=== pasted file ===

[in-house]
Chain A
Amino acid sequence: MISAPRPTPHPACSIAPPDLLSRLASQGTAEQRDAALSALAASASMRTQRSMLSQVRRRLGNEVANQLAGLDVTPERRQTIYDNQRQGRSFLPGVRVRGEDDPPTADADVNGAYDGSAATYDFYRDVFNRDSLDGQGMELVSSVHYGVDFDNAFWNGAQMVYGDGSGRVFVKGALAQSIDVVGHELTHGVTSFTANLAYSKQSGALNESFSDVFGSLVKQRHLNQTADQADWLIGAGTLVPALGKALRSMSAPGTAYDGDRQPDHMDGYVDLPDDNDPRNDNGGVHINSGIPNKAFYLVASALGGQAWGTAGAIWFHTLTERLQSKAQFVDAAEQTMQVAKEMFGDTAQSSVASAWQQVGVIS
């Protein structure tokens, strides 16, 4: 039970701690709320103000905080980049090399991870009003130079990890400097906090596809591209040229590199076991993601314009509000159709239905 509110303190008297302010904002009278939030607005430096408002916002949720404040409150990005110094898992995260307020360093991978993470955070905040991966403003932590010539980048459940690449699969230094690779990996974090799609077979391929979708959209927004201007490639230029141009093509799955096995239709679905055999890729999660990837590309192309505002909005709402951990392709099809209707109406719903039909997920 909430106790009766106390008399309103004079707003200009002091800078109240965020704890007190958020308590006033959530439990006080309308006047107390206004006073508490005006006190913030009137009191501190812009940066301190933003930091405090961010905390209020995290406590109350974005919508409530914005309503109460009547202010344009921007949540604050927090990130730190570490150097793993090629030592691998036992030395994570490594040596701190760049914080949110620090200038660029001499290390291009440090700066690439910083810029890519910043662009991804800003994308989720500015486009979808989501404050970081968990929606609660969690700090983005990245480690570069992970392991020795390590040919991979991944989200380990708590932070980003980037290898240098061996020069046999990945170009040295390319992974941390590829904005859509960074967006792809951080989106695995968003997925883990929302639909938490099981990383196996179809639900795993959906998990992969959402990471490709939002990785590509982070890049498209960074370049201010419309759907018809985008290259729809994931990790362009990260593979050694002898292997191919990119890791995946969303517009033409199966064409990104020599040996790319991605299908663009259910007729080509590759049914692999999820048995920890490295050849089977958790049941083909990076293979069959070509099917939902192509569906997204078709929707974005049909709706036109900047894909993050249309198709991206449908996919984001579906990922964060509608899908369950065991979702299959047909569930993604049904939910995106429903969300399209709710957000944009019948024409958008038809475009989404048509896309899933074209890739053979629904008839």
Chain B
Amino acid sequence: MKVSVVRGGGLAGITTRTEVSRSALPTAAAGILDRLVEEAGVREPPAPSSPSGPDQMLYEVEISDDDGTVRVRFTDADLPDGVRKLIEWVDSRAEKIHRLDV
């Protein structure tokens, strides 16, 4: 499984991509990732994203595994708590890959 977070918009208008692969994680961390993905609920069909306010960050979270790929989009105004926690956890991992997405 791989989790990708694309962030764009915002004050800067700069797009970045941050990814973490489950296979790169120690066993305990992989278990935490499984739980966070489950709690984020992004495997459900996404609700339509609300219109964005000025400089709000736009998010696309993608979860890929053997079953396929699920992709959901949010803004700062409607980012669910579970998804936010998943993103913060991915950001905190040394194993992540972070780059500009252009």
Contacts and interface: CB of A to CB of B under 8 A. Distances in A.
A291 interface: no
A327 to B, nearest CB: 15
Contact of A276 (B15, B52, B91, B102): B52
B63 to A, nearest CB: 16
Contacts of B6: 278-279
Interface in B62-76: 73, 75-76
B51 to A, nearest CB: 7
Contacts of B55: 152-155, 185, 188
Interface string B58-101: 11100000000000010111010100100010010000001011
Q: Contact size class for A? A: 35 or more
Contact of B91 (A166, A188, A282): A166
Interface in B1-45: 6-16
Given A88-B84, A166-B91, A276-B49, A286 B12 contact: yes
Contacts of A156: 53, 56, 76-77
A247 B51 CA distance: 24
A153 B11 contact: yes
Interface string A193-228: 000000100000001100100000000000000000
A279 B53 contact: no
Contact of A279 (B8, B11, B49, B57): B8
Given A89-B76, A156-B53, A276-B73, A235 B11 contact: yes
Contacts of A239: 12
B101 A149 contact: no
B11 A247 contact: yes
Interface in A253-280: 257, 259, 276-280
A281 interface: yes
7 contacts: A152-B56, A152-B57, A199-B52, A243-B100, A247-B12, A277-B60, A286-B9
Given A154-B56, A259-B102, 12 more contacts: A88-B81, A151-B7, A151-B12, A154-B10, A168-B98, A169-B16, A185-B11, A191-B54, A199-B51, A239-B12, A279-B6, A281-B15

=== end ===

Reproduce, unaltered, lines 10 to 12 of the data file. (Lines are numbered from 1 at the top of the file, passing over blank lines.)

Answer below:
A327 to B, nearest CB: 15
Contact of A276 (B15, B52, B91, B102): B52
B63 to A, nearest CB: 16